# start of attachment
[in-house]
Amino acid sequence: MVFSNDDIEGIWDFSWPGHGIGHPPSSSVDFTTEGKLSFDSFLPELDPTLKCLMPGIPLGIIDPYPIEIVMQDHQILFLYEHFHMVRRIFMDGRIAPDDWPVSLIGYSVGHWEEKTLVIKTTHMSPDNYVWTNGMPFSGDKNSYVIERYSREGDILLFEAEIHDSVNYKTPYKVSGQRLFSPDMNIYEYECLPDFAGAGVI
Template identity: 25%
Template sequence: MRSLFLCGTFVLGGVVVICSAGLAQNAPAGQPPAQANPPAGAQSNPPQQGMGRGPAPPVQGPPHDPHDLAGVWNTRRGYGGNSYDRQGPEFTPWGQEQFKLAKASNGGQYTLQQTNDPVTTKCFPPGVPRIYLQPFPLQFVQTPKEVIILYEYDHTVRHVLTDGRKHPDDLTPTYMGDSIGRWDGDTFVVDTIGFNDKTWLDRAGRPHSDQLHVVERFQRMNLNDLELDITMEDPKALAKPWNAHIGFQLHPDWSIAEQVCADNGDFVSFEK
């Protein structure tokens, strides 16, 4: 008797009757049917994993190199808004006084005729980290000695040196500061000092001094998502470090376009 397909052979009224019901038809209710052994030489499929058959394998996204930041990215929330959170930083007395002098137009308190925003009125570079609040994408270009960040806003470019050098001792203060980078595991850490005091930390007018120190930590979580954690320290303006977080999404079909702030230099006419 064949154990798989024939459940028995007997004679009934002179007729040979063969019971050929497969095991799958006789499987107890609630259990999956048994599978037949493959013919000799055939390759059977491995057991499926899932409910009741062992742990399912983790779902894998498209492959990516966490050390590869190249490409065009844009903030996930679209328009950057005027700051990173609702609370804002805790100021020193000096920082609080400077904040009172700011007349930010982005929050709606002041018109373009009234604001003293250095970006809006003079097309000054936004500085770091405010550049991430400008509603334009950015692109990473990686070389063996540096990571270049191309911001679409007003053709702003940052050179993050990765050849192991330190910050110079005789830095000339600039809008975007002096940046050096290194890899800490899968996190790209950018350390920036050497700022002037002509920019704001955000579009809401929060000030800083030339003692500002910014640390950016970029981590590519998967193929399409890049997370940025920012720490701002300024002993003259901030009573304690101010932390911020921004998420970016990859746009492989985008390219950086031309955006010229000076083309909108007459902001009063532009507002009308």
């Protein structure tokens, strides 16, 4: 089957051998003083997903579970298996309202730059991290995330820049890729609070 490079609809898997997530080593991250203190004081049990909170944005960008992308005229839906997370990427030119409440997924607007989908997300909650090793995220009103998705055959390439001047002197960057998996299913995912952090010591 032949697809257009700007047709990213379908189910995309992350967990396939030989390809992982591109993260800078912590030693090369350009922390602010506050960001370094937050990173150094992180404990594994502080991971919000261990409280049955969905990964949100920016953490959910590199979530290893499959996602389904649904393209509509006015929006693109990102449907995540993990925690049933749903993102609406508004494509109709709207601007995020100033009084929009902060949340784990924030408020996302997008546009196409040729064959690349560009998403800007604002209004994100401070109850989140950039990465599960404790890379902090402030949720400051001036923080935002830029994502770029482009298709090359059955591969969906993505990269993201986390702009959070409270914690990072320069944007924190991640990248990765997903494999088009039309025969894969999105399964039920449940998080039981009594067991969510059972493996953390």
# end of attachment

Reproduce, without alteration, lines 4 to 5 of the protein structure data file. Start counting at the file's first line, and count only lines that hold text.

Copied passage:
Template sequence: MRSLFLCGTFVLGGVVVICSAGLAQNAPAGQPPAQANPPAGAQSNPPQQGMGRGPAPPVQGPPHDPHDLAGVWNTRRGYGGNSYDRQGPEFTPWGQEQFKLAKASNGGQYTLQQTNDPVTTKCFPPGVPRIYLQPFPLQFVQTPKEVIILYEYDHTVRHVLTDGRKHPDDLTPTYMGDSIGRWDGDTFVVDTIGFNDKTWLDRAGRPHSDQLHVVERFQRMNLNDLELDITMEDPKALAKPWNAHIGFQLHPDWSIAEQVCADNGDFVSFEK
């Protein structure tokens, strides 16, 4: 008797009757049917994993190199808004006084005729980290000695040196500061000092001094998502470090376009 397909052979009224019901038809209710052994030489499929058959394998996204930041990215929330959170930083007395002098137009308190925003009125570079609040994408270009960040806003470019050098001792203060980078595991850490005091930390007018120190930590979580954690320290303006977080999404079909702030230099006419 064949154990798989024939459940028995007997004679009934002179007729040979063969019971050929497969095991799958006789499987107890609630259990999956048994599978037949493959013919000799055939390759059977491995057991499926899932409910009741062992742990399912983790779902894998498209492959990516966490050390590869190249490409065009844009903030996930679209328009950057005027700051990173609702609370804002805790100021020193000096920082609080400077904040009172700011007349930010982005929050709606002041018109373009009234604001003293250095970006809006003079097309000054936004500085770091405010550049991430400008509603334009950015692109990473990686070389063996540096990571270049191309911001679409007003053709702003940052050179993050990765050849192991330190910050110079005789830095000339600039809008975007002096940046050096290194890899800490899968996190790209950018350390920036050497700022002037002509920019704001955000579009809401929060000030800083030339003692500002910014640390950016970029981590590519998967193929399409890049997370940025920012720490701002300024002993003259901030009573304690101010932390911020921004998420970016990859746009492989985008390219950086031309955006010229000076083309909108007459902001009063532009507002009308």